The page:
there have only been one set of footprints in the sand.
Why, when I needed you most, you have not been there for me?’
The Lord replied,
‘The times when you have seen only one set of footprints in the sand,
is when I carried you.’
-Mary Stevenson

Wednesday, July 17, 2013

Afraid to Hope

In my last two pregnancies, I've experienced a fear of hope.  It's a hard concept to articulate, but if you've been there, or are here with me right now; I suspect you understand as quickly as you read these words.  

I'm not claiming to be a good disciple here, just a real one.  So, that's the truth... for a little while now, I've been afraid to hope.  As well-meaning folks say, "don't give up hope," or "I just know you'll have a healthy baby soon," it falls on deaf ears with me;  I just do not feel that hope is well placed any longer...  But then I feel guilty for 'not having hope.' 

I wonder, is being afraid to hope the same as having doubt? 

Is doubt not trusting God?   I surely don't want to be there
So, what is this feeling of mine?  Is it something I need to work on, or not? 

"To look forward to with desire and reasonable confidence," is what dictionary.com has to say about hope.  And as Christians, that confidence comes through Christ. 

The Catechism states it well, "The virtue of hope responds to the aspiration to happiness which God has placed in the heart of every man; it takes up the hopes that inspire men's activities and purifies them... to the Kingdom of heaven; it keeps man from discouragement; it sustains him during times of abandonment..."

So as I interpret this, the origin of my hope - that longing for more children, since it's how I've envisioned familial happiness for some time now - is something natural in my heart.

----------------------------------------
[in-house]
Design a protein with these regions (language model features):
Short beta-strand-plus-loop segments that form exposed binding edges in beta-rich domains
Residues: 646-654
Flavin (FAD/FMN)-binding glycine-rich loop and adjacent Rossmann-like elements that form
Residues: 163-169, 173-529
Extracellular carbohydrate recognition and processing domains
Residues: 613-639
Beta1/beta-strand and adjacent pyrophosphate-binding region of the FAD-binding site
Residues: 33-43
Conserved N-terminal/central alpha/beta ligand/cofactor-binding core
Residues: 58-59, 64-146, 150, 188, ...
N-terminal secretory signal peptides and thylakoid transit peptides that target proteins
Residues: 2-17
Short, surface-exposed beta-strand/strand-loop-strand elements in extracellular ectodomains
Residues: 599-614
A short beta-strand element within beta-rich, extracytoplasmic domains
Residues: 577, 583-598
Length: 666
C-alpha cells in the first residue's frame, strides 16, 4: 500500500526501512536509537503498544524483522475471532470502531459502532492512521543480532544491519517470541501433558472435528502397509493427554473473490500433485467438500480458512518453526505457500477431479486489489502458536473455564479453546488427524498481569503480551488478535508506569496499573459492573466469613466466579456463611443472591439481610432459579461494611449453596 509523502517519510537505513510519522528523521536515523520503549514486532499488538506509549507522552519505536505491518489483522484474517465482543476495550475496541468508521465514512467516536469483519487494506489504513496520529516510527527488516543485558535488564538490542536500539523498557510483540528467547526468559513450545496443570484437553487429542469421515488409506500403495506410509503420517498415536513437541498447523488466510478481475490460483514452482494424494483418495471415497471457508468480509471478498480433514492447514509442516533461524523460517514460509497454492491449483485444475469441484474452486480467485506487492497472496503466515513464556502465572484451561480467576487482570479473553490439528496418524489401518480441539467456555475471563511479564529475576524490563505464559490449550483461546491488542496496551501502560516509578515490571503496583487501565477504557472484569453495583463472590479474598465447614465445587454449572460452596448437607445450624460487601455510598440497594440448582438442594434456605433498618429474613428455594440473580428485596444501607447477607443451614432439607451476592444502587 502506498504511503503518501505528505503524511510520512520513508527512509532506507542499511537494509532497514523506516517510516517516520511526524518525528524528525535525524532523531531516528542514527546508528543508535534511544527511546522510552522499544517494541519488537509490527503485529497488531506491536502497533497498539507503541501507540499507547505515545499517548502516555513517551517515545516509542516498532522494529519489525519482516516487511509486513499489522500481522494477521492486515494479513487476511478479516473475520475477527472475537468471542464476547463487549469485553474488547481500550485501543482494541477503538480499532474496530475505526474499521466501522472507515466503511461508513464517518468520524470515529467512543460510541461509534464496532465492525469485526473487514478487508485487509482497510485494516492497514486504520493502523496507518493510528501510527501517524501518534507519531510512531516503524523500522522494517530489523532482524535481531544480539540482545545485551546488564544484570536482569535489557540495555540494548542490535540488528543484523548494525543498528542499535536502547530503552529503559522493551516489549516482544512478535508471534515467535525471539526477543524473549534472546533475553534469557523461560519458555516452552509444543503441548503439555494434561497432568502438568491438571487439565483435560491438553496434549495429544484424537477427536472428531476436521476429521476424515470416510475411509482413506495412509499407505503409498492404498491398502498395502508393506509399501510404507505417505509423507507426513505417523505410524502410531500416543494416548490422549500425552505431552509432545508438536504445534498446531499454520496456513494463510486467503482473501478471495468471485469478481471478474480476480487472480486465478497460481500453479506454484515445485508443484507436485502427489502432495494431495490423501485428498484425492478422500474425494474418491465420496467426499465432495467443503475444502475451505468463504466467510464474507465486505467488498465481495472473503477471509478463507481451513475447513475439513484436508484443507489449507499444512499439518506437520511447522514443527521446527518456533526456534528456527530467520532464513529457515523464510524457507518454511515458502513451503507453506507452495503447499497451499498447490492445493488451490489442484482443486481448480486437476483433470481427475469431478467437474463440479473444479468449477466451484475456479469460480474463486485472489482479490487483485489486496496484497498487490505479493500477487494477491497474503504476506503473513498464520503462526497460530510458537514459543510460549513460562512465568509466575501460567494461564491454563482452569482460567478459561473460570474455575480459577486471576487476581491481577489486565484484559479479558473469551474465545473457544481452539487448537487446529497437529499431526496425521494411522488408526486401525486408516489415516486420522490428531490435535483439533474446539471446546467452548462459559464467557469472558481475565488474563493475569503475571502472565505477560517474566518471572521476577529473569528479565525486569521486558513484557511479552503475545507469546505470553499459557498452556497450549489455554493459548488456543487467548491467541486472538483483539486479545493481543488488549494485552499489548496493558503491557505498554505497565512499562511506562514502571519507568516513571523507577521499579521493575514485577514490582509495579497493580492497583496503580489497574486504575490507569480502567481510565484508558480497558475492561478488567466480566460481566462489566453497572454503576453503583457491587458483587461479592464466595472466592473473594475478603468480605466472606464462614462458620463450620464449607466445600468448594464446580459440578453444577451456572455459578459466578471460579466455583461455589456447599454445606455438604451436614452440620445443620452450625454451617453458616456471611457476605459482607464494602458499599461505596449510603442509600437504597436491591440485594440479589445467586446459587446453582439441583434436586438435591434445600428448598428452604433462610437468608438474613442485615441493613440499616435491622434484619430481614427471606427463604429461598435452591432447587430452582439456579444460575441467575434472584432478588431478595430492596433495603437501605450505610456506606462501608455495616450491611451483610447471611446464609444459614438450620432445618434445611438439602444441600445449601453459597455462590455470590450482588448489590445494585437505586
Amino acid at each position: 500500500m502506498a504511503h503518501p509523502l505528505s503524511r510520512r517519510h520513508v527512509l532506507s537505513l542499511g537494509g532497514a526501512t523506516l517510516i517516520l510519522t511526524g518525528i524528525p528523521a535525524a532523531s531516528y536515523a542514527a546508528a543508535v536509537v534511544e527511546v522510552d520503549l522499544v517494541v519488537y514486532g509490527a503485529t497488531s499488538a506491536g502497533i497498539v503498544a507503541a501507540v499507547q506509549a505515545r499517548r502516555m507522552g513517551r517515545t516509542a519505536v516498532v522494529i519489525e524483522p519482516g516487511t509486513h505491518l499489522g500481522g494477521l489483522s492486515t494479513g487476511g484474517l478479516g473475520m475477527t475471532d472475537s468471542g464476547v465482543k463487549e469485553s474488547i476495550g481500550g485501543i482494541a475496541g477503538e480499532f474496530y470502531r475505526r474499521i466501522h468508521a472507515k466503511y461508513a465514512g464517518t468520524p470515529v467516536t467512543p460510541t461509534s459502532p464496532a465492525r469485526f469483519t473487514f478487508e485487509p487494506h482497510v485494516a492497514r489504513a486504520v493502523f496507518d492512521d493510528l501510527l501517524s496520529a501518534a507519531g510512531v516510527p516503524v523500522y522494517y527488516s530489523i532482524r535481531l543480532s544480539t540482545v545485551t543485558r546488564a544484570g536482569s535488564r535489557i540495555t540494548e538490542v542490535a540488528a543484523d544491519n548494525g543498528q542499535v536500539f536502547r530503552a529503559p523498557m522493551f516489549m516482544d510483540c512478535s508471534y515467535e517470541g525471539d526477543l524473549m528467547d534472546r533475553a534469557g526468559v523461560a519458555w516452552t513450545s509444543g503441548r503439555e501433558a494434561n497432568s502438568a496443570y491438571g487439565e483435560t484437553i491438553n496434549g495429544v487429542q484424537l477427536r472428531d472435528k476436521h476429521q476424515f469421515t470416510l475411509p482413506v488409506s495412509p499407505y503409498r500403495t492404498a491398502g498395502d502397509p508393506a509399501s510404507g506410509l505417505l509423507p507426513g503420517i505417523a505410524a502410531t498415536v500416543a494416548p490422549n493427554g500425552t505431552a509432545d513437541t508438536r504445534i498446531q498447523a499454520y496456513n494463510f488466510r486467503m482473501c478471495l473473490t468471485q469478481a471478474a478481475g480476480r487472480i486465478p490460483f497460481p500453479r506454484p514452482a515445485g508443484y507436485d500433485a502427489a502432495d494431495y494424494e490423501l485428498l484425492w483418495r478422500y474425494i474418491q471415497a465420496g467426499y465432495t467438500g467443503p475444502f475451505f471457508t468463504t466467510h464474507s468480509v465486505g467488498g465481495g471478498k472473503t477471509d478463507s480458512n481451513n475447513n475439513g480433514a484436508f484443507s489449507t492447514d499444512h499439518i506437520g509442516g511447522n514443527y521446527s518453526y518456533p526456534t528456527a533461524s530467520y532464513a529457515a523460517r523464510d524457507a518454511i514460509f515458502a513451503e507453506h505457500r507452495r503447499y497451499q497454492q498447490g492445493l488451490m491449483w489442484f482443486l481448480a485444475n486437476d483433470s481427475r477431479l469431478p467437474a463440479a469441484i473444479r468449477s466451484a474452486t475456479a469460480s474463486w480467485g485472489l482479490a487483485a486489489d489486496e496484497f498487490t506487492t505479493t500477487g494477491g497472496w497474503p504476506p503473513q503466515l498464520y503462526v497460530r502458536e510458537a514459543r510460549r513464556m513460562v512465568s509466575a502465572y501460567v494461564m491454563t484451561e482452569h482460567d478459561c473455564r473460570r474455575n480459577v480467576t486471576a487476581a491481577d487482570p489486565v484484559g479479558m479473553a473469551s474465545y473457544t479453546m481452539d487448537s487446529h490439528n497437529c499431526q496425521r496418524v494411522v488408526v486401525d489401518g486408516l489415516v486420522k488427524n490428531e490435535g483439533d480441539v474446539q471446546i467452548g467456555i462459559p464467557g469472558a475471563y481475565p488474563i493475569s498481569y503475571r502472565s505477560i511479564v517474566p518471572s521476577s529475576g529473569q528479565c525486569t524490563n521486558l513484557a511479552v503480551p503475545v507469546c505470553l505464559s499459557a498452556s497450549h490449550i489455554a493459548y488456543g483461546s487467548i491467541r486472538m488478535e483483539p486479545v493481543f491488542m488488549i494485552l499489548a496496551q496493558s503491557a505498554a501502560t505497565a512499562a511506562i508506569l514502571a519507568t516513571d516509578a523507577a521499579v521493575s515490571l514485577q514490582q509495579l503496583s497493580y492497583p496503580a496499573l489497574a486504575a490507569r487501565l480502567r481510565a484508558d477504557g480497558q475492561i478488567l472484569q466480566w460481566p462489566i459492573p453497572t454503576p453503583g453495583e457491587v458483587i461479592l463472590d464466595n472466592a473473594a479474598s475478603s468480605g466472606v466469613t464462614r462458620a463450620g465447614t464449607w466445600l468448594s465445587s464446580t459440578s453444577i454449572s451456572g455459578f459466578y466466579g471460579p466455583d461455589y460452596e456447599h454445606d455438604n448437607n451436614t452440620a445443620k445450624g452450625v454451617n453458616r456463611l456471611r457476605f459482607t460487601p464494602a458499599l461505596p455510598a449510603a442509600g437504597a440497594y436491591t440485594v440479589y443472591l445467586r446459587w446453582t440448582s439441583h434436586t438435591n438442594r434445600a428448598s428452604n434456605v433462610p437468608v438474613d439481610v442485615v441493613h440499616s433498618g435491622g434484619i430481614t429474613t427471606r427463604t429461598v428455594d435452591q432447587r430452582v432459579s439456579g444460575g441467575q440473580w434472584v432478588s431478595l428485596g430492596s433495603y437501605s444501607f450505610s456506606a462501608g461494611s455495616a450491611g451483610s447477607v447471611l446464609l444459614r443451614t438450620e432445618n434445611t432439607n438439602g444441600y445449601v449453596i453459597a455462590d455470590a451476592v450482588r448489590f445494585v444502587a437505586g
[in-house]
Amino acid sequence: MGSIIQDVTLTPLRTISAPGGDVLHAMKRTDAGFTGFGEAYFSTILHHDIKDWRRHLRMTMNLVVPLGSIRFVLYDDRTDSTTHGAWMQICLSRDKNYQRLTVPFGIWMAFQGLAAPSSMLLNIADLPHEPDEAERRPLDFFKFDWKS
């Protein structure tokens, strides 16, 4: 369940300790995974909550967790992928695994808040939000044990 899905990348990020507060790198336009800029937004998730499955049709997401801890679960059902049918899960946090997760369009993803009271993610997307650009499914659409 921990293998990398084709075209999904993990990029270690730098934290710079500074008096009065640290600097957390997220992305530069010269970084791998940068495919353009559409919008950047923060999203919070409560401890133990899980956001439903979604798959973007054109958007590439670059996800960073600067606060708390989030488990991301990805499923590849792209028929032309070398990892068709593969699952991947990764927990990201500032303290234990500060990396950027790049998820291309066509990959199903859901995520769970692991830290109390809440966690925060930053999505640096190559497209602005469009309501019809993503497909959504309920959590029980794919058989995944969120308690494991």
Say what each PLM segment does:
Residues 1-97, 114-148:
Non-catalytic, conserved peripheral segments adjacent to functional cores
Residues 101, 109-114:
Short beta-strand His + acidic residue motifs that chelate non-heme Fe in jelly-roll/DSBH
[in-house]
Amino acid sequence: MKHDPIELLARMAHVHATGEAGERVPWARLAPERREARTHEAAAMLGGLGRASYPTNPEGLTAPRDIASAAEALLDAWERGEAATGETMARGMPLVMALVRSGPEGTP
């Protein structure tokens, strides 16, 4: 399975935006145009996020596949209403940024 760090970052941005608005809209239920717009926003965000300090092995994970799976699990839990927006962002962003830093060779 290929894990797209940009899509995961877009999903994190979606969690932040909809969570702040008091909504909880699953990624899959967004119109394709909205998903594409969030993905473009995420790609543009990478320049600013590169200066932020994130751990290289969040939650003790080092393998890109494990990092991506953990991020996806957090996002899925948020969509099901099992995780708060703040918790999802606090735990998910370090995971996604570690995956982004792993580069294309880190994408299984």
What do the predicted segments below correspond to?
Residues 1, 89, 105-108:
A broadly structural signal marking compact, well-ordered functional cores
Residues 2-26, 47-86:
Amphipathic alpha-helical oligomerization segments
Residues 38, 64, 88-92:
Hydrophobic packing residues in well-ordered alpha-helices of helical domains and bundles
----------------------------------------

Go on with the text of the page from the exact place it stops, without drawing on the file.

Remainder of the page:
But neither this statement nor Romans 15:13, "May the God of hope fill you with all joy and peace as you trust in him, so that you may overflow with hope by the power of the Holy Spirit," suggests to me that I should hope and trust that God will give me everything I ever dreamed of. 

Looking up doubt in the Catechism brought me, interestingly, to the virtue of prudence, "the virtue that disposes practical reason to discern our true good in every circumstance and to chose the right means of achieving it... With the help of this virtue we apply moral principles to ...overcome doubts about the good to achieve and the evil to avoid."

Practical reason, and my life lessons thus far, are teaching me to be cautious.  I may not have another viable pregnancy.  More biological children may not be in our future.  I may long for this, but it may not be God's plan for my family and the prudent, scientific me can interpret the facts I have before me.  Although no serious disease has been diagnosed, there may well be something modern medicine cannot identify that is "wrong" with us.  On the other hand, perhaps my next pregnancy will produce the next member of our pack.   All this to say, that my losing 'hope' on the possibility of healthy pregnancies, isn't doubting God's providence, it's actually accepting it. 

I have hope... yes I 'look forward to with desire and Great confidence', that we will be okay.  I have hope in eternity as well as this present life being abundantly blessed.   I don't need another kid for that to be true.  In ways I cannot imagine, I am confident there's a beautiful future ahead.  I may need to adjust my expectations to catch up to the Good Lord's design... but here I am, deliberately choosing to do that.  I don't want to dwell in my own dreams.  I must look forward with strength and confidence that we can face whatever comes, together. 

So my prayer today comes from Aaron Shust, "My hope is in You"